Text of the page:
Following complaints from privacy groups, California lawmakers on Friday suspended legislation to embed radio-frequency identification chips, or RFIDs, in its driver’s licenses and state identification cards.
The legislation, S.B. 397, was put on hold by the state Assembly Appropriations Committee, despite it having been approved by the California Senate, where it likely will be re-introduced in the coming months. Had the measure passed, it would have transformed the Sunshine State’s standard form of ID into one of the most sophisticated identification documents in the country, mirroring the four other states that have embraced the spy-friendly technology.
Radio-frequency identification devices already are a daily part of the electronic age — found in passports, library and payment cards, school identification cards and eventually are expected to replace bar-code labels on consumer goods.
Michigan, New York, Vermont and Washington have already begun embedding drivers licenses with the tiny transceivers, and linking them to a national database — complete with head shots — controlled by the Department of Homeland Security. The enhanced cards can be used to re-enter the U.S. at a land border without a passport.
Privacy advocates worry that, if more states begin embracing RFID, the licenses could become mandatory nationwide and evolve into a government-run surveillance tool to track the public’s movements.
The IDs are the offspring of the 2009 Western Hemisphere Travel Initiative requiring travelers to show passports when they cross the U.S. border of Canada and Mexico. Those carrying the EDL “Enhanced Drivers License” or an “enhanced” state ID, do not have to display a passport when traveling across the country’s government-run land borders.
The RFID-enabled card would have been optional under the California measure. It was aimed in particular at Californians who make frequent visits to Mexico, and want to ease their return back into the U.S.
“It’s not difficult to imagine a time when the EDL programs cease to be optional—and when EDLs contain information well beyond a picture, a signature, and citizenship status. The government also tends to expand programs far beyond their original purpose,” writes Jim Harper, the Cato Institute’s director of information policy studies. “Californians should not walk — they should run away from ‘enhanced’ drivers licenses.”
According to DHS, about 95 percent of land-border crossings are equipped with RFID-reading technology, making it easy for Customs Border Patrol officials to know who you are. The RFID chip “will signal a secure system to pull up your biographic and biometrics data for the CBP officer as you approach the border inspection booth,” the DHS says.
“An individual that does not understand the privacy and security risks of an Enhanced Driver’s License (EDL) might think, ‘Why not get an one so that I can use it to drive and also cross the border?’ It seems like common sense,” said Nicole Ozer, an American Civil Liberties Union lawyer. “But the cost to privacyand security far outweighs any benefits. If you carry one of these licenses in your wallet or purse, you can be tracked and stalked without your knowledge or consent.”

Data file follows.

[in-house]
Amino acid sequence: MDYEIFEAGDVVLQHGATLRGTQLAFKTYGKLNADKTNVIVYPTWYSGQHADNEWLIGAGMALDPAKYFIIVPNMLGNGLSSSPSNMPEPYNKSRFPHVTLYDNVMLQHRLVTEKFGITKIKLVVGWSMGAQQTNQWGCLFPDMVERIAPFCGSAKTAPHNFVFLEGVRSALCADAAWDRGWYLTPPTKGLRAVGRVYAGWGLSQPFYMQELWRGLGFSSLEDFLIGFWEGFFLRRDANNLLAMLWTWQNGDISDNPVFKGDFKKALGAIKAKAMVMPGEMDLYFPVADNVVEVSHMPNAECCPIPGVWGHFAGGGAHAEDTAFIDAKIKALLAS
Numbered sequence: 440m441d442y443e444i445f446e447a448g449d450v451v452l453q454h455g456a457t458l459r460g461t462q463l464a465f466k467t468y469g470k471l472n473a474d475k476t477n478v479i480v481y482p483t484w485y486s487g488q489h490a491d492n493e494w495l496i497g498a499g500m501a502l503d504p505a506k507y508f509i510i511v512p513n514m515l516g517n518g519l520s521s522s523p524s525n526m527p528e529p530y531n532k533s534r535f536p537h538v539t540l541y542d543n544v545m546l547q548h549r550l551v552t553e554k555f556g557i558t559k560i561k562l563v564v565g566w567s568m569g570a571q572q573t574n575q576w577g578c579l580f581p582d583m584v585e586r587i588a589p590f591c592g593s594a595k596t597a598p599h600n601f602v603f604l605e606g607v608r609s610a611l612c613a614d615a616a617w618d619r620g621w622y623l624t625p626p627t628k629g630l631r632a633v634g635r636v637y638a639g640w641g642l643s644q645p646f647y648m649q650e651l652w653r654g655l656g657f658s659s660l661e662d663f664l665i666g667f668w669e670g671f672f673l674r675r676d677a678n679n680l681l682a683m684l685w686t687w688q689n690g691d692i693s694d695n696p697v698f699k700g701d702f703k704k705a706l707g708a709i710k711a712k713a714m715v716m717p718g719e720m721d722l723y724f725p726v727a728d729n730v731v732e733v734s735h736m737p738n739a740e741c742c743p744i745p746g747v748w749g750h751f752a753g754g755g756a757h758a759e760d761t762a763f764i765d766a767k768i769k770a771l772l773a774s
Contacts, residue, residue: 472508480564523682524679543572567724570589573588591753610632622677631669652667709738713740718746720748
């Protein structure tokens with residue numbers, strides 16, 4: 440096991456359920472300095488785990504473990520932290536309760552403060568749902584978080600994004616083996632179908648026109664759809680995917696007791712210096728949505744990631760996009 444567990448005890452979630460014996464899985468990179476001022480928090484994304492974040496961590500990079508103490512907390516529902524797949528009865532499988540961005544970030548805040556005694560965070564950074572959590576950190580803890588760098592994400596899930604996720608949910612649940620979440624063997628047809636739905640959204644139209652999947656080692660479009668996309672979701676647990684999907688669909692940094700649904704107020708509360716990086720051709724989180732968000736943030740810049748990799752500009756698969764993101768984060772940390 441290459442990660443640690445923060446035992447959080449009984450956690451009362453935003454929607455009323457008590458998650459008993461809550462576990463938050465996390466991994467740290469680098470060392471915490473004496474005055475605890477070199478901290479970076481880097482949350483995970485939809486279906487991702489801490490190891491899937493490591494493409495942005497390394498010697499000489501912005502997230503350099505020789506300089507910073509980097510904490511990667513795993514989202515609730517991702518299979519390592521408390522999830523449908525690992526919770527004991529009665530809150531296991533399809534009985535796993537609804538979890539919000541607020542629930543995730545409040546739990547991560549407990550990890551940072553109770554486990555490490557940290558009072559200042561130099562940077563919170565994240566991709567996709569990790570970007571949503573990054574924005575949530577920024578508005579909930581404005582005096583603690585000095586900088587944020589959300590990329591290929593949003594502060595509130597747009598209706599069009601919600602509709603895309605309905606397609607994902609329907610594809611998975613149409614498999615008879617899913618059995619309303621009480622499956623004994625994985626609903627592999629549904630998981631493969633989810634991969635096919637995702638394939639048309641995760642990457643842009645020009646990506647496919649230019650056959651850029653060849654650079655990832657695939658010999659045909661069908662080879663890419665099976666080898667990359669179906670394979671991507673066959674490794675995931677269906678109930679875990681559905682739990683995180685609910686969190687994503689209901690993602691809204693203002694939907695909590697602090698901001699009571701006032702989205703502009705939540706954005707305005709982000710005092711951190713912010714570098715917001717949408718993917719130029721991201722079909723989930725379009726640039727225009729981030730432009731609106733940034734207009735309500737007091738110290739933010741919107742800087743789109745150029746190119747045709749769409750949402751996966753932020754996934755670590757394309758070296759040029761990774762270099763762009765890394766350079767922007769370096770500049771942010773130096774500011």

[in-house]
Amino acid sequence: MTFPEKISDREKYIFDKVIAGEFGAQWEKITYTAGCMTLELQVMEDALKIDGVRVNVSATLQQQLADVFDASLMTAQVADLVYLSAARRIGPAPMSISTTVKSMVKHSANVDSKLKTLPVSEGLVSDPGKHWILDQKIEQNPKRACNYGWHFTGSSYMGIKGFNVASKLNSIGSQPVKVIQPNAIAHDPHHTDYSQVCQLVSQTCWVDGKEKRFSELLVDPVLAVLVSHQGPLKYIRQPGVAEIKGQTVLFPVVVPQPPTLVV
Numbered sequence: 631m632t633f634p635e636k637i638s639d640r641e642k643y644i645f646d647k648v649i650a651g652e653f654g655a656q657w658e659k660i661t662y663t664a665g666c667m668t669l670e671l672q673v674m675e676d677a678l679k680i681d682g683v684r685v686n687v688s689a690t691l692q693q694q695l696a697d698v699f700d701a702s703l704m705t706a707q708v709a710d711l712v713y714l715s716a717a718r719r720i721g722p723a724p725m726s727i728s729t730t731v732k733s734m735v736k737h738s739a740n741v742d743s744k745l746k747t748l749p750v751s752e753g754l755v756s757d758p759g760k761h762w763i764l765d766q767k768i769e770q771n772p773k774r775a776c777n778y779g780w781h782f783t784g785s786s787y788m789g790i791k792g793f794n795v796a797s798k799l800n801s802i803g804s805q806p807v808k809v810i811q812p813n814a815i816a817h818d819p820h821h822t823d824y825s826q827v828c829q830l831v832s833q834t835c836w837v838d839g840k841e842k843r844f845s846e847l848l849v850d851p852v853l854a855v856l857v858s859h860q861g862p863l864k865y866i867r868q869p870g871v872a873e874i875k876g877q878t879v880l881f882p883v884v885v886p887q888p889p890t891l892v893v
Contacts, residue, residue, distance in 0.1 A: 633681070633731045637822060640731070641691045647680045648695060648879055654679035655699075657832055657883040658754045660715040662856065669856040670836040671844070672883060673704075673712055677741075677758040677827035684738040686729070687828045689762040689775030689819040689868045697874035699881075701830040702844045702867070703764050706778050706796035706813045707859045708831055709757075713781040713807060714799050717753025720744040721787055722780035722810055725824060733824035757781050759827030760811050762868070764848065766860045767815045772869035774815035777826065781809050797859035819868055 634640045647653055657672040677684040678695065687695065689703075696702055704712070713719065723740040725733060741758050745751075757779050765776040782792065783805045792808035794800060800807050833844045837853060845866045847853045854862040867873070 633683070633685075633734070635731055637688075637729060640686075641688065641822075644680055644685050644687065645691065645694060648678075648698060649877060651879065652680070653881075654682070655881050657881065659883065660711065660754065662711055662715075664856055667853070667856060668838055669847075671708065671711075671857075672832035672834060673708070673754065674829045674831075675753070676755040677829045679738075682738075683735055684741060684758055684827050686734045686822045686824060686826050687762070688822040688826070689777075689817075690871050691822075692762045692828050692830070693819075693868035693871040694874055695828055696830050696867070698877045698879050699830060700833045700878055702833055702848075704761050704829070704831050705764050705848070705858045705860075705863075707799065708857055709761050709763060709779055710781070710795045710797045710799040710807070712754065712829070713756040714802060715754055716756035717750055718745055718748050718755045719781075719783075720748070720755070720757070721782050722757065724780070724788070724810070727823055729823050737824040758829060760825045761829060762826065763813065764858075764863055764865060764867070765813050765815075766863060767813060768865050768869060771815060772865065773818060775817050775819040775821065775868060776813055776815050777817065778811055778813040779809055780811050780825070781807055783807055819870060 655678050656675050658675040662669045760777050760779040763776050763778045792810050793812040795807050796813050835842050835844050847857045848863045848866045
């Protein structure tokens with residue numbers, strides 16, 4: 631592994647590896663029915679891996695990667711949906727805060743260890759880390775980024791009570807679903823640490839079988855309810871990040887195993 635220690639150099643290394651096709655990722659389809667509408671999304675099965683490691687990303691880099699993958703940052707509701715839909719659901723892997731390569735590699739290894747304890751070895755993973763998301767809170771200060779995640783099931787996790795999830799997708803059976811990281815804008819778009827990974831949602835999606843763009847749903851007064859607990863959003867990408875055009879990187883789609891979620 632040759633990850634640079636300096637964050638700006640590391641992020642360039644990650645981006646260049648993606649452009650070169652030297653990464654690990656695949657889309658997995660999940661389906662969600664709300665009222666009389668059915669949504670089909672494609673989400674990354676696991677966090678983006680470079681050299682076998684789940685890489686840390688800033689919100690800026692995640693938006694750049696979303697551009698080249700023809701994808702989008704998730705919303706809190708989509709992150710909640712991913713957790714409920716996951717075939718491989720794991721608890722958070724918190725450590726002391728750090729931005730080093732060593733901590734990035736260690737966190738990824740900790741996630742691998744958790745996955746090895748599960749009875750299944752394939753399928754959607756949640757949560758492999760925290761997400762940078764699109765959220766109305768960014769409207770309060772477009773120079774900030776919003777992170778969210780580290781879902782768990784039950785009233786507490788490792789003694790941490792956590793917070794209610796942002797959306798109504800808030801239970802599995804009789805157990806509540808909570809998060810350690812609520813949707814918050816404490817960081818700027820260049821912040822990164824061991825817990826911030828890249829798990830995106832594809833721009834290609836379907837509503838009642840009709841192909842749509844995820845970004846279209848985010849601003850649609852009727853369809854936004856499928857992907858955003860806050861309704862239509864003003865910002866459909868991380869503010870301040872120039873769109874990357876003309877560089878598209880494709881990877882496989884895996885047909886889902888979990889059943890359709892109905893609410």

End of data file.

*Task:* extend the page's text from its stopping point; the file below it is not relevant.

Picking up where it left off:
Sen. Ben Hueso, a Democrat whose district touches the Mexican border, maintains the legislation he sponsored makes both financial and security sense.
“Enhanced Driver’s Licenses can provide a significant economic benefit to the state of California, while strengthening border security,” he wrote in a press release last May. “They will greatly reduce wait times at the border thereby incentivizing economic development in our border region.”
The California measure’s shortcomings, among other things, was that it did not prevent state law enforcement officials from eventually tapping into the chips.
Law enforcement already monitors drivers’ whereabouts via the mass deployment of license-plate readers. But the ability to scan for identification cards in public areas could evolve into another surveillance tool.
As the “Identity Project” sees it:
Logs of citizens’ border crossings and movements through non-border checkpoints are obviously of interest to the Feds and their state and local law enforcement partners, especially in conjunction with logs of vehicle movements obtained from automated license-plate readers. Cops don’t need to ask, ‘Can I see some ID?’ when, from outside your vehicle, they can obtain the EDL chip number and corresponding lifetime DHS travel history of every occupant of the vehicle. And as more people carry EDLs, how soon will not broadcasting your ID number be deemed sufficiently suspicious to justify detention, search, or interrogation?
To be sure, the Orwellian nature of these new IDs is — to an extent — speculation.
For the moment, the DHS says that “No personally identifiable information is stored on the card’s RFID chip.” The DHS said “The card uses a unique identification number that links to information contained in a secure Department of Homeland Security database.”
But things could easily change. Government-issued cards routinely evolve away from their original purpose.
Consider the Social Security card. It was created to track your government retirement benefits. Now you need it to purchase health insurance and even obtain employment.